Commentary: Business Insider, 2013 – The Year Ahead In Mobile

Interesting trend spotting of the mobile market: http://www.businessinsider.com/2013–the-year-ahead-in-mobile-slide-deck-2013-12?op=1

Opinions:

Even when Android clearly dominates in volume, iOS apps (and especially games) continue to generate considerably more revenue. That’s the space to be for app developers, also because there are way fewer devices to support, hence easier to secure compatibility. Drawback: The approval process (that is still non-existent at Google Play) slows things down, and might even lead to no-go. Also: If you are aiming for other markets than mobile, e.g. automotive, Android is a much better choice, but then we are talking primarily B2B. I expect most in-car navigation/multimedia systems to be based on Android.

Also interesting is that there are still new companies getting into the very cluttered mobile advertising space, indicating we are still in the abundant (or thought to be abundant) gold digging phase. Still an opportunity for a startup and still possible to stand out? I believe it’s possible to innovate in terms of achieving better reach and better targeting (Facebook, Google, Microsoft, Yahoo! sit on tons of user information (we users are gullible); possible to piggy-back on that information for third-party?). Make use of the fact that mobiles are location-aware.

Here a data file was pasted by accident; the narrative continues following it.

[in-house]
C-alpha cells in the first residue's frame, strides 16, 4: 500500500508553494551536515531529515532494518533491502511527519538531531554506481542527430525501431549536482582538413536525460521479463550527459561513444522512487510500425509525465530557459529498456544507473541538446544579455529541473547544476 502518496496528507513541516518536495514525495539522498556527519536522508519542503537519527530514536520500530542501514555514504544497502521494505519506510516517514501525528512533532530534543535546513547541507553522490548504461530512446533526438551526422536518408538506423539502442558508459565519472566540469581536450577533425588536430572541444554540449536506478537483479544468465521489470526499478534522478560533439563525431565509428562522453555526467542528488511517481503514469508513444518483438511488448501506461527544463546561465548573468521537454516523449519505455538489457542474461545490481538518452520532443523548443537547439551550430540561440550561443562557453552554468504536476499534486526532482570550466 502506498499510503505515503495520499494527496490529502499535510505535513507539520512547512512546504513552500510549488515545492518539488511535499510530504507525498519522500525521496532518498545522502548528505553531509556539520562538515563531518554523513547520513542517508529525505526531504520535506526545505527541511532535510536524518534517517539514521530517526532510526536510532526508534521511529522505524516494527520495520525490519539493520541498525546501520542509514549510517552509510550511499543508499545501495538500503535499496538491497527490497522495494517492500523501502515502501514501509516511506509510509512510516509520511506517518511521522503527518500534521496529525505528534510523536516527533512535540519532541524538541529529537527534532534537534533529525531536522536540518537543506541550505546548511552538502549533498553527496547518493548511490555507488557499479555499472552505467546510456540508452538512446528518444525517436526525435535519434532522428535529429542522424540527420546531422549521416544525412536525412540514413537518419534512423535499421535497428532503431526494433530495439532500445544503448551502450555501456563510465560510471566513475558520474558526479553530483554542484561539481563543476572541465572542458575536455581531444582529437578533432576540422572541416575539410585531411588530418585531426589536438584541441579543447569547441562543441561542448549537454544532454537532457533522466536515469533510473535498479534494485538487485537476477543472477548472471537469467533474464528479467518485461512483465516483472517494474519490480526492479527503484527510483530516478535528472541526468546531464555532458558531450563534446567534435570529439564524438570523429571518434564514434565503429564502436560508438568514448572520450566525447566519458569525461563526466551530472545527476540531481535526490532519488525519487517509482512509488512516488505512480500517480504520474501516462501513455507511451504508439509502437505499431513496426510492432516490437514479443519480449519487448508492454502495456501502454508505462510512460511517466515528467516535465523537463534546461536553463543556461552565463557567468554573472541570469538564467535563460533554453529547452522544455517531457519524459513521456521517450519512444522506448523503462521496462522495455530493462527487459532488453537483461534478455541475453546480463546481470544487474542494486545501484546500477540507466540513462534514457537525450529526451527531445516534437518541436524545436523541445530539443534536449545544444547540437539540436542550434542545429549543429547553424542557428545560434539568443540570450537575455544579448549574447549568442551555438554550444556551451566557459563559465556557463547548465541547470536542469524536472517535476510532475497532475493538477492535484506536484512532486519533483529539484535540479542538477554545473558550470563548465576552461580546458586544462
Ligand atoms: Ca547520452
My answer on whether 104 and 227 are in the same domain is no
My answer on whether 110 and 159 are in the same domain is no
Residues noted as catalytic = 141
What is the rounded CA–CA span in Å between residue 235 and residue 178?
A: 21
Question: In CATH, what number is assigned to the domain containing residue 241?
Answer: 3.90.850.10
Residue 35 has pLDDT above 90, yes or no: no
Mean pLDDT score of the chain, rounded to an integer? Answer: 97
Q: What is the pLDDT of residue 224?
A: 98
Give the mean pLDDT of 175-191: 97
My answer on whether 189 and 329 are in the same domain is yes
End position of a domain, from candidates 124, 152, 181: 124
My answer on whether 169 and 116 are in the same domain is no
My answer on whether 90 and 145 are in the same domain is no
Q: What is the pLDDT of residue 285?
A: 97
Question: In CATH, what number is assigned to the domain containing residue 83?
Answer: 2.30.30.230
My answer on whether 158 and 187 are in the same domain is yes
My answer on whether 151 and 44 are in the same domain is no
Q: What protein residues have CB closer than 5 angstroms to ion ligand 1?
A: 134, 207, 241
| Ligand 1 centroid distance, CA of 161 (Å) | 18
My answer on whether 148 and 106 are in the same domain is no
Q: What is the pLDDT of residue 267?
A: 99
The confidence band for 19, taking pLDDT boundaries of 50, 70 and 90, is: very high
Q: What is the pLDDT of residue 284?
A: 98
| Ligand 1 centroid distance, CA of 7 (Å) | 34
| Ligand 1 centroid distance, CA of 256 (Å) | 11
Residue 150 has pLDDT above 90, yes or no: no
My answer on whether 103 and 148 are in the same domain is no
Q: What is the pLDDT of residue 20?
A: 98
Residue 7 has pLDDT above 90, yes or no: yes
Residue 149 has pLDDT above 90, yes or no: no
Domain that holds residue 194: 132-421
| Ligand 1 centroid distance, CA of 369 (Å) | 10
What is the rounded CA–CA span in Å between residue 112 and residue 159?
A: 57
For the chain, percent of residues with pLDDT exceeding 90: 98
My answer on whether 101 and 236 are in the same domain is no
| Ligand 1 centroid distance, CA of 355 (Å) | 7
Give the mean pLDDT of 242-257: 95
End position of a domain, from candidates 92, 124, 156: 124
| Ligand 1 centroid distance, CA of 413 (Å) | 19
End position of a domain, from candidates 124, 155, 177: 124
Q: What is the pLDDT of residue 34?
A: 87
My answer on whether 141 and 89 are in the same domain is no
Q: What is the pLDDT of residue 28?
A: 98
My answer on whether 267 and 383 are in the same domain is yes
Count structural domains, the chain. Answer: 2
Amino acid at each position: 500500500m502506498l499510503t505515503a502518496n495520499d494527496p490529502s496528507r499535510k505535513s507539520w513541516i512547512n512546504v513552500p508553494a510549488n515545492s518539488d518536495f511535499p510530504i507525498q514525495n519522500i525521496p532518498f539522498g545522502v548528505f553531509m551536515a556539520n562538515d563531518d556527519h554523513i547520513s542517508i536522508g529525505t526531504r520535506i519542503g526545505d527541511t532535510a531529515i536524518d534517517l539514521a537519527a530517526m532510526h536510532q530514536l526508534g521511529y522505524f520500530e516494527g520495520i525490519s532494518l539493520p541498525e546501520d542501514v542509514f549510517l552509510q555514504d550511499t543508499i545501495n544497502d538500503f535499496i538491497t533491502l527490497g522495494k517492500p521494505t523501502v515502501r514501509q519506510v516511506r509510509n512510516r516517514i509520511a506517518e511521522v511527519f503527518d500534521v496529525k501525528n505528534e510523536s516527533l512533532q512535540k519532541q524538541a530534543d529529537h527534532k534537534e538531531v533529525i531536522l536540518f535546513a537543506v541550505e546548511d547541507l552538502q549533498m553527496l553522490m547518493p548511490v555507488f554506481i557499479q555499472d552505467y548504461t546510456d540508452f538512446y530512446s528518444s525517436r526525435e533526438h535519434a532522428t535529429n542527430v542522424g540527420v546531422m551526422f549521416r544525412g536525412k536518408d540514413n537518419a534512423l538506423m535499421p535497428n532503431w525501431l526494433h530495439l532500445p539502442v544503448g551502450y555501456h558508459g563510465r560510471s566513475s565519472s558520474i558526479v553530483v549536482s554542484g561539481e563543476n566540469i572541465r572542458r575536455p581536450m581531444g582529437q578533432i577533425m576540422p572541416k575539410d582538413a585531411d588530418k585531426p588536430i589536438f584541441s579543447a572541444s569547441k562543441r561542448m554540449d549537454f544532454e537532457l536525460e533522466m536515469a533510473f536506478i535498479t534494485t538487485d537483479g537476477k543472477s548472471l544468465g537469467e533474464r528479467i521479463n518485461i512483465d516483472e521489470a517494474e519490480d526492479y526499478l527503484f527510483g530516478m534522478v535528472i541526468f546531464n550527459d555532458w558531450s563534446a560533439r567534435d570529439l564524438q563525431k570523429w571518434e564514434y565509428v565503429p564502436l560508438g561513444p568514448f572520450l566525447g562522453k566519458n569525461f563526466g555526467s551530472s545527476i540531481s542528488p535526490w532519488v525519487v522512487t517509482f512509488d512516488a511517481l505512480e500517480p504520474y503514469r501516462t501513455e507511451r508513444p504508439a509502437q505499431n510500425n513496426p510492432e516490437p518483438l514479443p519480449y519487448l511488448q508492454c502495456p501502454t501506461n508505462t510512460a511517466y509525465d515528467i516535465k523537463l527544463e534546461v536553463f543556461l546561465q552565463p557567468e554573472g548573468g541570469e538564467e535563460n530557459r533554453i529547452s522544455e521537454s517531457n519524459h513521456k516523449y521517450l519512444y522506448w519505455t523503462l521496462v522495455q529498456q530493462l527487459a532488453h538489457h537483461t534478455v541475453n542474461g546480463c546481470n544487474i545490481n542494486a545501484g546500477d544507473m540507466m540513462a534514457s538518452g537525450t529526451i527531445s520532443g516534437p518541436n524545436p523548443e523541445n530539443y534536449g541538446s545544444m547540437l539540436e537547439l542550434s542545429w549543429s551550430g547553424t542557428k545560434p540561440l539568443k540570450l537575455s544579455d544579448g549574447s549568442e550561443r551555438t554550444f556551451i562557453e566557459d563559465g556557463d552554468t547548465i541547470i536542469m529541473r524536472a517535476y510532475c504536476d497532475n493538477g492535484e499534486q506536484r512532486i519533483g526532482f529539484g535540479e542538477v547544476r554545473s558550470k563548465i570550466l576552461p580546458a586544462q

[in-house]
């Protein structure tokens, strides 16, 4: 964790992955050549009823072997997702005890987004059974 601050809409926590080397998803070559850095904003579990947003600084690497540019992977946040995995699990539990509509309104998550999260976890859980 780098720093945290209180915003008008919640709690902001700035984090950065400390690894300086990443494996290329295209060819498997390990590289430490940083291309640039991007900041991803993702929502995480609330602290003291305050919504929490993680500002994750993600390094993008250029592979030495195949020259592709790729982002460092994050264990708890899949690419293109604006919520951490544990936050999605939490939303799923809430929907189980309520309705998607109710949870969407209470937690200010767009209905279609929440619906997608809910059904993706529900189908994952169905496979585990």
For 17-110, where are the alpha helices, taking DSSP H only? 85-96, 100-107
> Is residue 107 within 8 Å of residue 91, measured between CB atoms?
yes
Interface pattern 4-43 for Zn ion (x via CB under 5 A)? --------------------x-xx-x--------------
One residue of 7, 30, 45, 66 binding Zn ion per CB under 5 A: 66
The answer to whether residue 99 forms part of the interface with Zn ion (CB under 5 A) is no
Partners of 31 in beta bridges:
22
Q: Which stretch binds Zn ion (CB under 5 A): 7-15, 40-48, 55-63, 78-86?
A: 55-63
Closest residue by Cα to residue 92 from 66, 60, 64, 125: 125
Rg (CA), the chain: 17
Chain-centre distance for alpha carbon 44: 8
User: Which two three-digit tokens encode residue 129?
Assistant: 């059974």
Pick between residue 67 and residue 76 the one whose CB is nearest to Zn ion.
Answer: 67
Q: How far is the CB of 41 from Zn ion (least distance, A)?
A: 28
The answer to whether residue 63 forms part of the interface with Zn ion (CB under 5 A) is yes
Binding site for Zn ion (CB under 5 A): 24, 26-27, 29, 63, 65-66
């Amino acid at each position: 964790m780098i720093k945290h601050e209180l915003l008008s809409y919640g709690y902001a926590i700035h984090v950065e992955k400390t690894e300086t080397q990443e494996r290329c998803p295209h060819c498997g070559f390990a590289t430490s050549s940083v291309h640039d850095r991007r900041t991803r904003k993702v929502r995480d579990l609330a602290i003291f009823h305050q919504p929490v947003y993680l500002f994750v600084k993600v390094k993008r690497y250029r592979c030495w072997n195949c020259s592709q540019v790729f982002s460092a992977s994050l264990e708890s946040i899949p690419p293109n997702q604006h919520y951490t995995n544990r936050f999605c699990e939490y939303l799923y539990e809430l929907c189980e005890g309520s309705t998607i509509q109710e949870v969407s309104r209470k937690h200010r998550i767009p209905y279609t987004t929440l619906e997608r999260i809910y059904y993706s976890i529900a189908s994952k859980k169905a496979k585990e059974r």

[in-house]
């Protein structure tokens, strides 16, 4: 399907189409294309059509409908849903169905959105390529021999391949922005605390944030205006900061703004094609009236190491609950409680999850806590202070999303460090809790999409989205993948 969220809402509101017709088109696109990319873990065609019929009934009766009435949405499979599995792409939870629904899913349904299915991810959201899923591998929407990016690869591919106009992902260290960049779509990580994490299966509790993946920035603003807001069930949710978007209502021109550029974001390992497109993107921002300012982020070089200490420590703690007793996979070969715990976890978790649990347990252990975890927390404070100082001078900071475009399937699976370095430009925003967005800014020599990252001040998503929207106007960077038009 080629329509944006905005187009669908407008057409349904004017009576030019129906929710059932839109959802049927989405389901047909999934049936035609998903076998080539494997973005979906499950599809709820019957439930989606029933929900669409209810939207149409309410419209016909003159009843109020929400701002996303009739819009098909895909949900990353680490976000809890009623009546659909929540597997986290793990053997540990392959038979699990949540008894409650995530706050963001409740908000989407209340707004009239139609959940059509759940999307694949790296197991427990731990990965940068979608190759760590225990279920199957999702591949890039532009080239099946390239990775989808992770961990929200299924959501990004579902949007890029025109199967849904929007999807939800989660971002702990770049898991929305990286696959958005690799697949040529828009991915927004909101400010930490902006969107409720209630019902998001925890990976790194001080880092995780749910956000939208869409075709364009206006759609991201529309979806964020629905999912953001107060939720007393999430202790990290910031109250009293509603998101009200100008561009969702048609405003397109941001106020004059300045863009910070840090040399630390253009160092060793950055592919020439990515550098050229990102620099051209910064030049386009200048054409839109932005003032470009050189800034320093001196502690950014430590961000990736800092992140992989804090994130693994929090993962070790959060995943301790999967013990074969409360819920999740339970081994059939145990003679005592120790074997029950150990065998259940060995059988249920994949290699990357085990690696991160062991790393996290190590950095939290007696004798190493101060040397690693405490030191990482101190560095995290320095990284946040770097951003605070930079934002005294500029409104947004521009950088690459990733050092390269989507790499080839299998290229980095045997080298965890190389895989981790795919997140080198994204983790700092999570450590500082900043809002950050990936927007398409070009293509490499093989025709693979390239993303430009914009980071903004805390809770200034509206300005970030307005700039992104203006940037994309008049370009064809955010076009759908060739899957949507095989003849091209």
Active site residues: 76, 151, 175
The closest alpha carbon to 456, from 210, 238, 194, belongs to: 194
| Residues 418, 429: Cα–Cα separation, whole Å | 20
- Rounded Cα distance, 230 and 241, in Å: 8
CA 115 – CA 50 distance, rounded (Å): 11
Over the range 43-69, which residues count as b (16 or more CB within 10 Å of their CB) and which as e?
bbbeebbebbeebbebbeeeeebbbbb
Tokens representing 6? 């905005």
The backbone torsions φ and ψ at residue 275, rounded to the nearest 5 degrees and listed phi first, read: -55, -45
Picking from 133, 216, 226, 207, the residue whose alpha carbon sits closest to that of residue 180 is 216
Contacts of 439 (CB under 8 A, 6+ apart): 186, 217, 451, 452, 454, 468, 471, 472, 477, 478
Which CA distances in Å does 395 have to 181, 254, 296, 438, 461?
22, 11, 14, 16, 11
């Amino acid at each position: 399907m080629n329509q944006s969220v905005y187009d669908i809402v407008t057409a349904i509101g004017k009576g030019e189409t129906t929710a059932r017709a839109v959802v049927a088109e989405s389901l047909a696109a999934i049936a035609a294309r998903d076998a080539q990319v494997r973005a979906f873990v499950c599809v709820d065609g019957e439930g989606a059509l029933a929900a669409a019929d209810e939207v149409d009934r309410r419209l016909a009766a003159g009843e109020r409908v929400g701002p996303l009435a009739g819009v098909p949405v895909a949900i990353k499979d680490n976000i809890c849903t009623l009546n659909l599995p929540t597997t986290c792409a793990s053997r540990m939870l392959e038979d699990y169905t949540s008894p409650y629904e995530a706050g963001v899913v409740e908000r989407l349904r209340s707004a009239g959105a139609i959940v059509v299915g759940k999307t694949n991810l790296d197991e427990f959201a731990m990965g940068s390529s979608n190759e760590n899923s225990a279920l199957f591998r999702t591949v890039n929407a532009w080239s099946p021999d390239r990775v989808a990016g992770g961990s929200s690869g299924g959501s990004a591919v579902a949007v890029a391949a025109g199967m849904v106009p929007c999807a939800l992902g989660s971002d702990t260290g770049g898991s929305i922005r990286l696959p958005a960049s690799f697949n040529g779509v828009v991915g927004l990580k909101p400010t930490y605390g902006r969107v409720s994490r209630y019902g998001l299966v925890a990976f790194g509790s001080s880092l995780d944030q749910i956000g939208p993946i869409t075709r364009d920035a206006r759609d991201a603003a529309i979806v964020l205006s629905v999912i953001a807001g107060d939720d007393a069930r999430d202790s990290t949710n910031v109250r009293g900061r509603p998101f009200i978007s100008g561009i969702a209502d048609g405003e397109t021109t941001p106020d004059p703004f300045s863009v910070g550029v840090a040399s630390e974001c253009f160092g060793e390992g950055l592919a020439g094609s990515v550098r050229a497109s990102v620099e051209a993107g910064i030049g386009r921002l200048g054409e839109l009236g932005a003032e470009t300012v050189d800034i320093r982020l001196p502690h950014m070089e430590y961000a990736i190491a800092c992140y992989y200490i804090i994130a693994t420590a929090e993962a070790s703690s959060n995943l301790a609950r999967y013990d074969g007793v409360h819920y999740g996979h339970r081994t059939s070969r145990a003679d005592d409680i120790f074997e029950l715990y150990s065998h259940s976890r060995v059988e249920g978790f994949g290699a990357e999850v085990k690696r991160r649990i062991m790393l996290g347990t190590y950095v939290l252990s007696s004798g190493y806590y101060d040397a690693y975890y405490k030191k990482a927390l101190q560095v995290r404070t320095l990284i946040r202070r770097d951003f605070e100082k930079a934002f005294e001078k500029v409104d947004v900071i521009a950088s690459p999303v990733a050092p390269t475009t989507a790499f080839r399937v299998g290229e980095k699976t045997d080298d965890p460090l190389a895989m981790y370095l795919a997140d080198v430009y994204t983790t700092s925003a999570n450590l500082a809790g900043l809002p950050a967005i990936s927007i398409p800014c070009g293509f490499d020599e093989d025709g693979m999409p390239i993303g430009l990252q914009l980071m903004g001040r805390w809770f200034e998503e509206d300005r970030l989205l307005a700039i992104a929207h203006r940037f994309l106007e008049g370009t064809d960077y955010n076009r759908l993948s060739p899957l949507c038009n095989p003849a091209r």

Mobile payments or anything else that generates direct revenue counts. Few will win by taking the chance of getting acquired just because of many users (and users only). Hard cash is what matters. Tablets are excellent for e-commerce and even fewer will buy products in shops, where e.g. most multimedia and home electronics shops will go belly-up. Anything that can be in digital form, will be sold in digital form, and the margins are too thin on electronics to sell in shops. Even when it comes to Apple products, considering the unhealthy revenue split between Apple and distributors. TV advertising might paradoxically make more sense (at least for a while) due to the quick-and-easy purchase through “always in the lap” tablets while watching TV shows.